# Computational Physics

## Lecture details

**The summer semester is held as a digital semester. In principle, as agreed by the universities in North Rhine-Westphalia, all courses that can be offered remotely will take place online for the entire summer semester.**

The lecture will be given by Prof. Mazzarello and Prof. Michielsen.

**Description:**

Computational physics encompasses a huge variety of topics. Therefore, the lecture can only cover a limited fraction of computational physics problems.

Topics include:

- What is computational physics and what is it used for? Traditional versus non-traditional computational physics
- Random numbers and their applications (random number generators, random walk, cellular automata, lattice Boltzman method, event-by-event simulations)
- Monte Carlo method (integration, statistical error, radioactive decay, percolation, importance sampling, Ising model, Markov chains, Metropolis Monte Carlo method)
- Molecular dynamics method (Runge Kutta, predictor-corrector, Euler, Euler-Cromer, Verlet, leap-frog, velocity Verlet, Hamiltonian splitting, accuracy and stability ,force calculations: truncation and shift of potentials, linked list method)
- Diffusion equation (random walk, Brownian motion, Crank-Nicolson, product formula approach, Chebychev algorithm, matrix exponential, stability and accuracy)
- Computational electrodynamics (Maxwell equation, FDTD: Yee algorithm and product formula approach, ADI, multipole methods, finite element method, dissipative materials, UPML)
- Time-(in)dependent Schrödinger equation (Leap-frog, Crank-Nicolson, product formula, Lanczos, Davidson, linear algebra: Gauss, LU decomposition)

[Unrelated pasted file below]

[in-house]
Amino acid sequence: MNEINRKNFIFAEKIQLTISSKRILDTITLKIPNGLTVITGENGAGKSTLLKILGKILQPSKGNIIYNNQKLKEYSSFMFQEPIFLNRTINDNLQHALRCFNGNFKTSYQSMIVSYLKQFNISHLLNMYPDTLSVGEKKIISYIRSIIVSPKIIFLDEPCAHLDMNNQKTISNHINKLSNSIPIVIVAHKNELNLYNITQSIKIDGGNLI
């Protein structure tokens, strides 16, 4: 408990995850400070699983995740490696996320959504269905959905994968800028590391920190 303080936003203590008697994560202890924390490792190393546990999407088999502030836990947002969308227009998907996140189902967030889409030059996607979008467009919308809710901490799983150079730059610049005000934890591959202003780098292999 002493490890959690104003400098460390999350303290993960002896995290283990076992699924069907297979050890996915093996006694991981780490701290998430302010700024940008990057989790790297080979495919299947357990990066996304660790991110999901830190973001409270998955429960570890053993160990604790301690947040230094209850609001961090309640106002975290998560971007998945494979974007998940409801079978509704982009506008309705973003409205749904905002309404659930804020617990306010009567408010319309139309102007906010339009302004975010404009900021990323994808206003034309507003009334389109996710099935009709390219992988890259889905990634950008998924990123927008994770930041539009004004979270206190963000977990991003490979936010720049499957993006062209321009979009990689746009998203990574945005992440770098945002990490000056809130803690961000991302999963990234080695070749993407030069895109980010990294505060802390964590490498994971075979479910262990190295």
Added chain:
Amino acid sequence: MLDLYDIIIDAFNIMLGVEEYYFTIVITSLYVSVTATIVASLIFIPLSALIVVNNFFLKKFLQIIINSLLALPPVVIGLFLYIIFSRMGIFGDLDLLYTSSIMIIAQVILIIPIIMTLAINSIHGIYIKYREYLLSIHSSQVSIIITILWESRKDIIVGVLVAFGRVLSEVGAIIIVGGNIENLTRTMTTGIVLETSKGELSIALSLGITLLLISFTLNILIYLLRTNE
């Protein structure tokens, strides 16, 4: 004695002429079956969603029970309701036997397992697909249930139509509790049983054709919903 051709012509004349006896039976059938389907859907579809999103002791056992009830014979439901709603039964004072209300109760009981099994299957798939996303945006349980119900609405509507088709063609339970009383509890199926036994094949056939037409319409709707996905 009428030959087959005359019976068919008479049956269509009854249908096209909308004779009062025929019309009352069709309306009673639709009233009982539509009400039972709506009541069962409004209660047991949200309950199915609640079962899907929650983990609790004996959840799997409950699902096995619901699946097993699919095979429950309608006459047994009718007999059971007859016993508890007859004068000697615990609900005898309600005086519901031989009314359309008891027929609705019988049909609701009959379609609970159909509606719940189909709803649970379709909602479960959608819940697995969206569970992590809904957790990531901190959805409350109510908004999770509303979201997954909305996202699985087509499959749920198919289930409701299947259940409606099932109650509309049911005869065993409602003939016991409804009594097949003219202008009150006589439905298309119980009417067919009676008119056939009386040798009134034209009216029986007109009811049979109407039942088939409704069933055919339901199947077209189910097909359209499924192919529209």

- Exact diagonalization
- Quantum Monte Carlo method

**Learning goals:**

- Lectures: The students will obtain an overview of various numerical methods to solve by computer a variety of problems in science.
- Exercises: The students will write their own computer programs for problems drawn from various areas of physics, selected such that they can be worked out in a reasonable time frame, with reasonable computational resources (PC is sufficient).

**Literature: **

- T. Pang, "An Introduction to Computational Physics", Cambridge Univ. Press.
- J. M. Thijssen, "Computational Physics", Cambridge Univ. Press
- D. P. Landau, K. Binder, "A Guide to Monte-Carlo Simulations in Statistical Physics", Cambridge Univ. Press.
- W. H. Press, S. A. Teukolsky, W. T. Wetterling, and B. P. Flannery, "Numerical Recipes: the Art of Scientific Computing", Cambridge Univ. Press.

Time | Room | Start/Finish |
---|---|---|

Thurs. 10.30am - 12pm | N/A | 09.04.2020 - 16.07.2020 |

Thurs. 12.30pm - 2pm | N/A | 09.04.2020 - 16.07.2020 |

Fri. 12.30pm - 2pm | N/A | 17.04.2020 - 17.07.2020 |